- The internet is mocking Robert Mueller’s report deadline Friday 7:53 PM
- Instagram blocks some anti-vax hashtags—but still has far to go Friday 6:20 PM
- Study: Netflix released more originals than licensed titles last year Friday 2:26 PM
- Laura Ingraham, Dinesh D’Souza slam journalist for having a job Friday 1:40 PM
- Netflix is testing a cheap-as-hell mobile-only plan Friday 1:08 PM
- Astrology app Co-Star’s bizarre push notifications are now a meme Friday 12:18 PM
- ‘The Dirt’ offers a sanitized history of Mötley Crüe—but why? Friday 11:42 AM
- ‘The Dirt’ director Jeff Tremaine on Mötley Crüe’s long, difficult road to Netflix Friday 11:30 AM
- Here’s video of yet another alleged gunman looking for YouTuber Adam22 Friday 11:09 AM
- 12 mugs that are absolutely purr-fect for cat enthusiasts Friday 10:58 AM
- Jared Kushner used WhatsApp for official White House business Friday 10:50 AM
- Unsettled Tom memes are on the rise Friday 10:36 AM
- Trans student nominated for prom king told by administration to run for queen Friday 10:07 AM
- Trump turns on his favorite cable news network Friday 8:56 AM
- Skillshare is offering new users one month of premium for less than $1 Friday 8:34 AM
State Department websites promote Trump’s Mar-a-Lago resort, sparking ethics concerns
U.S. government-funded blog posts have raised new questions about the murky conflicts of interest saddling the Trump presidency.
A blog post about this history of Mar-a-Lago by author Leigh Hartman first appeared on Share America, a website run by the State Department, on April 4. (The State Department removed the post on Monday after it received attention.) The post was summarized in an April 5 blog post on the website for the U.S. embassy in London, which directed readers back to the full Share America piece. The State Department’s bureau of Economic and Business Affairs also promoted the blog post on Facebook.
It wasn’t until Monday, however, when people took notice after reporter Amy Westervelt questioned the embassy blog post.
Someone please tell me why the fuck the US embassy in London is advertising Mar-a-Lago: https://t.co/ZcqjslRd4c
— Amy Westervelt (@amywestervelt) April 24, 2017
Democratic lawmakers took notice, and Sen. Ron Wyden (D-Ore.) criticized the State Department for “promoting” Trump’s private business using “taxpayer $$.”
— Ron Wyden (@RonWyden) April 24, 2017
It is unclear how the editorial processes work at either Share America or the U.S. embassy blog. A State Department official told the Daily Dot in an email that the article was intended to “to inform the public about where the President has been hosting world leaders.” A spokesman for Sen. Wyden declined to comment further but said his office has not received any information from the State Department or the White House regarding the senator’s criticism.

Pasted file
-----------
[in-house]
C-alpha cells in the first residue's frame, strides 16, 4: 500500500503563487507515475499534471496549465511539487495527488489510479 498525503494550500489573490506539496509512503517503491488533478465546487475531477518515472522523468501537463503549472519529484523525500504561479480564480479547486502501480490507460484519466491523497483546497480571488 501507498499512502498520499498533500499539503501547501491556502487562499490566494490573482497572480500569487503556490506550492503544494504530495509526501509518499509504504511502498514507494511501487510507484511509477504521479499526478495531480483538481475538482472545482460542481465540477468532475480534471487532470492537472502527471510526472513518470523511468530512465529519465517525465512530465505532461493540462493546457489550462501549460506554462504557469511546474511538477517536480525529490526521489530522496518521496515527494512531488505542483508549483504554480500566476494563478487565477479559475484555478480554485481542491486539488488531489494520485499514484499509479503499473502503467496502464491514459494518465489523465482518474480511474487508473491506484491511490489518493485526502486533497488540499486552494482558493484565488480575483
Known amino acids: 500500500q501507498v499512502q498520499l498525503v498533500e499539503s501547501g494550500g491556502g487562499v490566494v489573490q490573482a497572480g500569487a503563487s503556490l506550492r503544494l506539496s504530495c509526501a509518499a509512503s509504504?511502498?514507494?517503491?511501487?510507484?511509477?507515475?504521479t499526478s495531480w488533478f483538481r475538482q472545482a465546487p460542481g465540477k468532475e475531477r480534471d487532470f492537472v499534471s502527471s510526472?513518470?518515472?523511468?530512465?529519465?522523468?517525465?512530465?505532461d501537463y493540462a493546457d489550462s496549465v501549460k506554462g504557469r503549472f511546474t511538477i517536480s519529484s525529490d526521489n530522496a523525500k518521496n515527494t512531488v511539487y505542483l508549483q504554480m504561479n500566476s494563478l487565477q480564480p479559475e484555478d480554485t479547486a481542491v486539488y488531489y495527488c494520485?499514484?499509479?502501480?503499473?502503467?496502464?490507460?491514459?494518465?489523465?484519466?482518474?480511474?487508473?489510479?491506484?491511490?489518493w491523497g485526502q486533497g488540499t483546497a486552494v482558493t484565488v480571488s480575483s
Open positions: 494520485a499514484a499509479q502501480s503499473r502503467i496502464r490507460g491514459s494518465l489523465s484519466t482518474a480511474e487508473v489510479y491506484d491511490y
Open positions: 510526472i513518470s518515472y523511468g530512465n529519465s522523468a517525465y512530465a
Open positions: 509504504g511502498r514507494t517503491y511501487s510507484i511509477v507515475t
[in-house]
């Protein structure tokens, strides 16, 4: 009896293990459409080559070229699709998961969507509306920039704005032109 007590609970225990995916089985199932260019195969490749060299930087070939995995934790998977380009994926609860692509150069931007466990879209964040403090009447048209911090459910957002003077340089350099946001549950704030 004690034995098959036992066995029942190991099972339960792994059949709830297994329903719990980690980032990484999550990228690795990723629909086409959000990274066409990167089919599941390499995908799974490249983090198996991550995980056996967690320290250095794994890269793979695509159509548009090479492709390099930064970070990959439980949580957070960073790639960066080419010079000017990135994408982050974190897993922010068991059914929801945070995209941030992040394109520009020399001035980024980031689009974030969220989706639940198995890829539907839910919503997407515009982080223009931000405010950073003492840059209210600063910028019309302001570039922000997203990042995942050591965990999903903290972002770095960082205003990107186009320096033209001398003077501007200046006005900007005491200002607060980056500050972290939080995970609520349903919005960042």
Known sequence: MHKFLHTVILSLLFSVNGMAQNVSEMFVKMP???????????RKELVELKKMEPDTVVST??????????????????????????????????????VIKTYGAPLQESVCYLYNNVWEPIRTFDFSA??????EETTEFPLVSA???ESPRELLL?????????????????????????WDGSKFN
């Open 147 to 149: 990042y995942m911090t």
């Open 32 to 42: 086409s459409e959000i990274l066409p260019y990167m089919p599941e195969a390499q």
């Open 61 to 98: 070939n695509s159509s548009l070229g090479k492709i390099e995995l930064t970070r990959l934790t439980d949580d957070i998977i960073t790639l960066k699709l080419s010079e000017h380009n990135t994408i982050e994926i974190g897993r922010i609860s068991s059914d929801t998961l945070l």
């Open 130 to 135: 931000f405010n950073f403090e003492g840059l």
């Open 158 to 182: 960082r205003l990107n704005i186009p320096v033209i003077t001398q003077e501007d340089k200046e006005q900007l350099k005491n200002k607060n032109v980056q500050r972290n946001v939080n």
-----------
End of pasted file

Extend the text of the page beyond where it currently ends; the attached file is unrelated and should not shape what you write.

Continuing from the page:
Mar-a-Lago, located in West Palm Beach, has become a point of contention for President Trump’s critics who see his frequent use of what he has dubbed the “winter White House” as a symbol of his dismissive attitude toward potential conflicts of interest.
Of the 14 weekends in Trump’s presidency so far, he has spent seven at Mar-a-Lago and 12 at Trump-owned properties. The president hosted both Japanese Prime Minister Shinzō Abe and Chinese President Xi Jinping at the resort, which is only available to members who pay $200,000 per year. Trump’s full visitor lists at Mar-a-Lago and the White House remain secret.
Each trip to Mar-a-Lago is estimated to cost over $3.5 million in government funds, some of which are paid to the Trump-owned resort itself.
It is unlikely that Trump will continue to visit Mar-a-Lago at the same pace as summer arrives in the U.S. An avid golfer, the president is expected to begin using the Trump National Golf Club in Bedminster, New Jersey, more frequently in the coming months.
Update 6:30pm CT, April 24: The State Department has removed its post about Mar-a-lago. We have also added a statement from a State official.
Andrew Couts is the former editor of Layer 8, a section dedicated to the intersection of the Internet and the state—and the gaps in between. Prior to the Daily Dot, Couts served as features editor and features writer for Digital Trends, associate editor of TheWeek.com, and associate editor at Maxim magazine. When he’s not working, Couts can be found hiking with his German shepherds or blasting around on motorcycles.